Prescription Sleep Aids Linked to Rising Emergency Room Visits, Passages Malibu Cautions

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Emergency room visits attributed to sleep aids have increased nearly 220% in recent years, and treatment providers are trying to find solutions to address this growing problem.

Passages Malibu, addiction treatment center
Sleep-inducing drugs merely provide a temporary solution and only mask the true underlying causes of insomnia. - Pax Prentiss

According to a recent article in USA Today, the number of emergency room visits attributed to sleep-inducing drugs (particularly Zolpidem, the active ingredient in Ambien) has risen drastically in both numerical scope and severity. According to a report by the Substance Abuse and Mental Health Administration, ER visits caused by sleep aids increased almost 220% from 2005 to 2010, and in 2010 alone there were 4.9 million visits to US emergency rooms that were directly related to drug use.

“Sleep-inducing drugs merely provide a temporary solution and only mask the true underlying causes of insomnia,” said Pax Prentiss, CEO and co-founder of the Passages Addiction Treatment Centers in Malibu and Ventura, California. “When people use them to self medicate, particularly in conjunction with alcohol or other prescription medications, the results can be dangerous, devastating, and very serious,” he added.

Sleep inducing drugs have been commonplace in the American medical landscape for years and are often referred to as a ‘go-to’ treatment for insomnia and various sleep disorders. One of the most common, Zolpidem, is approved by the FDA and is intended for ‘short-term treatment of insomnia.’

In January, the FDA required makers of the drug to cut the recommended dosage in half for women and suggest a dosage reduction for men’s due to increased reports of various health concerns and adverse side effects, including prolonged drowsiness, dizziness, hallucinations, and problems driving. These effects are particularly amplified when sleep aids are combined with alcohol, anti-anxiety medications, pain relievers, and other drugs.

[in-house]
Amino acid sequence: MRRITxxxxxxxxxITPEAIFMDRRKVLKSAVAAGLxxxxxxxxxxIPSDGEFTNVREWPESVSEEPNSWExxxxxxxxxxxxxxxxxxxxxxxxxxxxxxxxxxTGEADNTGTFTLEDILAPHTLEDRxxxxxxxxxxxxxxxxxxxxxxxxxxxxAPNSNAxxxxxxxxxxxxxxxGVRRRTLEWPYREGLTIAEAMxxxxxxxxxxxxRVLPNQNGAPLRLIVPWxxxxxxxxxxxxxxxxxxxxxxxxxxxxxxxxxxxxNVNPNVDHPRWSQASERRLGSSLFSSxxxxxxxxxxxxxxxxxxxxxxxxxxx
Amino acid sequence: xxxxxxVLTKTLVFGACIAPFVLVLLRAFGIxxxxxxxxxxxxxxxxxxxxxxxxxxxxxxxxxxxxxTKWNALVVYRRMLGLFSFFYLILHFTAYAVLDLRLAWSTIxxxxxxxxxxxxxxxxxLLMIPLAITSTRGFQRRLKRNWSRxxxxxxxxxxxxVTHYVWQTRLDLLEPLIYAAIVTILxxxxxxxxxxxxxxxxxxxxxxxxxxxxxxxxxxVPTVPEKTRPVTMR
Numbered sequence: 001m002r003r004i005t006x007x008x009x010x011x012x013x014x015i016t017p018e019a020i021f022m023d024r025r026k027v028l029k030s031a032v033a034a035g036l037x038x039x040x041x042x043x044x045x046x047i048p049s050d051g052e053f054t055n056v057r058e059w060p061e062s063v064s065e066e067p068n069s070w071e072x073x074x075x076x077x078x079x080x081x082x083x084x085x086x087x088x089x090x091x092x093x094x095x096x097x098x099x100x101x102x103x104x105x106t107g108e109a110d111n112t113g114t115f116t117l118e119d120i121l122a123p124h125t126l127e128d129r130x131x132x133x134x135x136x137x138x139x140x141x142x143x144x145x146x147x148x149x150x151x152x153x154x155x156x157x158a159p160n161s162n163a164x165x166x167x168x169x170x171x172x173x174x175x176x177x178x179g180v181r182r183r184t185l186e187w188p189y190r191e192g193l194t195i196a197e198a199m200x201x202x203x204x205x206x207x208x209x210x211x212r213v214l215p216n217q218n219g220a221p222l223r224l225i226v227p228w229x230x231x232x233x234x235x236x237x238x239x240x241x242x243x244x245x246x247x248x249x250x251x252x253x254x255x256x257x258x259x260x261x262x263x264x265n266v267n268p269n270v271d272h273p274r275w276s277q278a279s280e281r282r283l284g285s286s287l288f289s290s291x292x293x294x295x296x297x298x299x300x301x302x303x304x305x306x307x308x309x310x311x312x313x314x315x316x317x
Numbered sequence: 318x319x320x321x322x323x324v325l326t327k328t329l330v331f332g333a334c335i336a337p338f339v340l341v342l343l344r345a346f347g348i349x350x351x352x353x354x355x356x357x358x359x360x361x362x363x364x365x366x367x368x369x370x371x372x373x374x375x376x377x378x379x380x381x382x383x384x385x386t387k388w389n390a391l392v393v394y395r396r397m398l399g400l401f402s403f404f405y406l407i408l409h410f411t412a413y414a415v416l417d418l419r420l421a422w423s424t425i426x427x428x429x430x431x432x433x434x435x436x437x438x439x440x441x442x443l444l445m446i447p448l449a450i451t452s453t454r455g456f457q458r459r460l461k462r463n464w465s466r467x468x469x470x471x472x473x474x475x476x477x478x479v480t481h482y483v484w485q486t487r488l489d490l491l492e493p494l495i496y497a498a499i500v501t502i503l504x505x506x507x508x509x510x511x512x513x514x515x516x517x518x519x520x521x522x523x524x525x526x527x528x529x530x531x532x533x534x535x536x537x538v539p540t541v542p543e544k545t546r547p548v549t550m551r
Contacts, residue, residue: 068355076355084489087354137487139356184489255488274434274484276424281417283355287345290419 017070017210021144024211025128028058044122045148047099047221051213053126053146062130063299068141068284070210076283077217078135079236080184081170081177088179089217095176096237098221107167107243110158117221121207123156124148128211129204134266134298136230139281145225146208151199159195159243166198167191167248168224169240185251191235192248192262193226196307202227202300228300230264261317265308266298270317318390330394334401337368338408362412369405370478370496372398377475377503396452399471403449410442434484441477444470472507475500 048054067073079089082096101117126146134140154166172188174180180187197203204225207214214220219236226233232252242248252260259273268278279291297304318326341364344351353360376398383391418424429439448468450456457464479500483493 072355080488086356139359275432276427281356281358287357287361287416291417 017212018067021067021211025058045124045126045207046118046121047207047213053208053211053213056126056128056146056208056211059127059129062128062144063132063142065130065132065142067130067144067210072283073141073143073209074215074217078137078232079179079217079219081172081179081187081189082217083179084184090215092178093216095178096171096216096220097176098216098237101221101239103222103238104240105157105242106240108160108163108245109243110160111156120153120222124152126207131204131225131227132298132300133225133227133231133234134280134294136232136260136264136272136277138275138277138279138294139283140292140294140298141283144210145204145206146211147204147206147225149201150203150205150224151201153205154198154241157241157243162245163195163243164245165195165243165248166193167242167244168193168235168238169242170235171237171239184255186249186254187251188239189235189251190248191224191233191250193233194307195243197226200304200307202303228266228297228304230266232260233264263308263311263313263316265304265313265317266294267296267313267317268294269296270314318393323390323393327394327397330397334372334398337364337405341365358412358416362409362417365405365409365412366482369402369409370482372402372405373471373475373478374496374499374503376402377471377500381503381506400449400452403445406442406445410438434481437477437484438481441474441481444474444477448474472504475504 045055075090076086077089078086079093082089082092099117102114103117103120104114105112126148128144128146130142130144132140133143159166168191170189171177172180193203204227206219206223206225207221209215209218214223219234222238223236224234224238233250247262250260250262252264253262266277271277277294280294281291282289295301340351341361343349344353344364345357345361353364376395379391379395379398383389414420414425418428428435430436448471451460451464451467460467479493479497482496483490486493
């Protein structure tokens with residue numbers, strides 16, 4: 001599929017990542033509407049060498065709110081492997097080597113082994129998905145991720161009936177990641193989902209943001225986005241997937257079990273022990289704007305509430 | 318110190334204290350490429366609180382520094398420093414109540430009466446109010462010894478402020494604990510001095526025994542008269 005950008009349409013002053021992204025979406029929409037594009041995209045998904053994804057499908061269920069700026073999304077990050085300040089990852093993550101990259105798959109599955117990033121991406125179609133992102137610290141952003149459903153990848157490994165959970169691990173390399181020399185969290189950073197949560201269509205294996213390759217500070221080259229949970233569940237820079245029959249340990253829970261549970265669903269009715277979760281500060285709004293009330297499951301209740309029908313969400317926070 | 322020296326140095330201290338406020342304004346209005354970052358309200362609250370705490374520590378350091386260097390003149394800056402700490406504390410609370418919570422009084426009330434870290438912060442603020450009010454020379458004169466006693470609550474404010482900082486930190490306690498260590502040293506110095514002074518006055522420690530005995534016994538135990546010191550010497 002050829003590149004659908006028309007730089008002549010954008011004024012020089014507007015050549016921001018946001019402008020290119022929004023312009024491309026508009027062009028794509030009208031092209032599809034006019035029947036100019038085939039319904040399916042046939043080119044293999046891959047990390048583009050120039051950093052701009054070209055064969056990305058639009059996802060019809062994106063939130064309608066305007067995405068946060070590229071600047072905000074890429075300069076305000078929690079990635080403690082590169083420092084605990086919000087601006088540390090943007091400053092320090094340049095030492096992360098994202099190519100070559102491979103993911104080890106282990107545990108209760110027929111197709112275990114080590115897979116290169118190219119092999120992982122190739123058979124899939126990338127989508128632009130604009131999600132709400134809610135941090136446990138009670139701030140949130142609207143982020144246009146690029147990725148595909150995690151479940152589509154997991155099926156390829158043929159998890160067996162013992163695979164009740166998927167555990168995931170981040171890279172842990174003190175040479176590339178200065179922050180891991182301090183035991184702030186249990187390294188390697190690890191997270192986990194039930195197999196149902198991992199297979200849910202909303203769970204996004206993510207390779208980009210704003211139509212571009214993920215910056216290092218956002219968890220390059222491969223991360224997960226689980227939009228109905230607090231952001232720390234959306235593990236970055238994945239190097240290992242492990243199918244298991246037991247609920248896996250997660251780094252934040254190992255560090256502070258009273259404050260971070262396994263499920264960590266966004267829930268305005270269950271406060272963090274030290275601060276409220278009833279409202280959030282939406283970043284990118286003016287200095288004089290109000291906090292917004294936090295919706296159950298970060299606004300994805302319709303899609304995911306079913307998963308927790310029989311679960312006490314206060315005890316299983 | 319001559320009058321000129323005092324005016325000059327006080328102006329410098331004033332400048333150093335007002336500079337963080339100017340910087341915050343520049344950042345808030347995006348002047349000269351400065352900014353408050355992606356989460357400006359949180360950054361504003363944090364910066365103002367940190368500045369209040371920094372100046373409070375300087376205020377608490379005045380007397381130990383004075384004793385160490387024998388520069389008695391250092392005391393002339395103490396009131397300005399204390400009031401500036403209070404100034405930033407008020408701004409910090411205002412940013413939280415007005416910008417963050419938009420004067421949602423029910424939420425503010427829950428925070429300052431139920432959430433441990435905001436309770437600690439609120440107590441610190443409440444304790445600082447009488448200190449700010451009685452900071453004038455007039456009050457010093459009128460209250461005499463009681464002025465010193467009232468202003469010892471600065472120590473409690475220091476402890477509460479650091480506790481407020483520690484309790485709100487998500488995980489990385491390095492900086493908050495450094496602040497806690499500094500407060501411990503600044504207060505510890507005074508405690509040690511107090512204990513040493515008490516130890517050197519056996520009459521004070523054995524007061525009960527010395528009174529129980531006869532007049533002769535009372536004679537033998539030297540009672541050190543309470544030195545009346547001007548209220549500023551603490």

“Although sleep drugs are primarily regarded as safe, it is crucial that they be used only for their intended purposes, that they be carefully monitored, and that they are never taken with other medications,” added Prentiss. “The instances of ER visits and the overabundance of reported side effects speak for themselves; these drugs are not harmless.”

At Passages Malibu - Addiction Ends Here™

About Passages Malibu & Passages Ventura:
Father and son team Chris and Pax Prentiss founded Passages Malibu in 2001. Its second location, Passages Ventura, first opened its doors in 2009. The two drug & alcohol abuse treatment centers offer an alternative to the 12 step/AA model of addiction treatment by utilizing a holistic program that focuses on the underlying issues of substance dependency, rather than attributing addiction to an incurable disease.

Both Passages Malibu and Passages Ventura accept insurance and each have earned the coveted Joint Commission (JCAHO) accreditation, which has only been given to 6% of the nation’s behavioral health treatment programs.

Passages Malibu was named the #1 treatment center in the world by Healthcare Global, one of the "Most Luxurious Places to Dry Out" by Forbes magazine, and the Huffington Post recently acknowledged Passages as a center that “caters to a high-end crowd, with many CEOs, entrepreneurs and high-powered professionals among its clients.”

The co-founders are also authors of an acclaimed series of addiction treatment books, including their groundbreaking, flagship title, The Alcoholism & Addiction Cure.

For general inquiries about treatment, contact: 866-233-1753.
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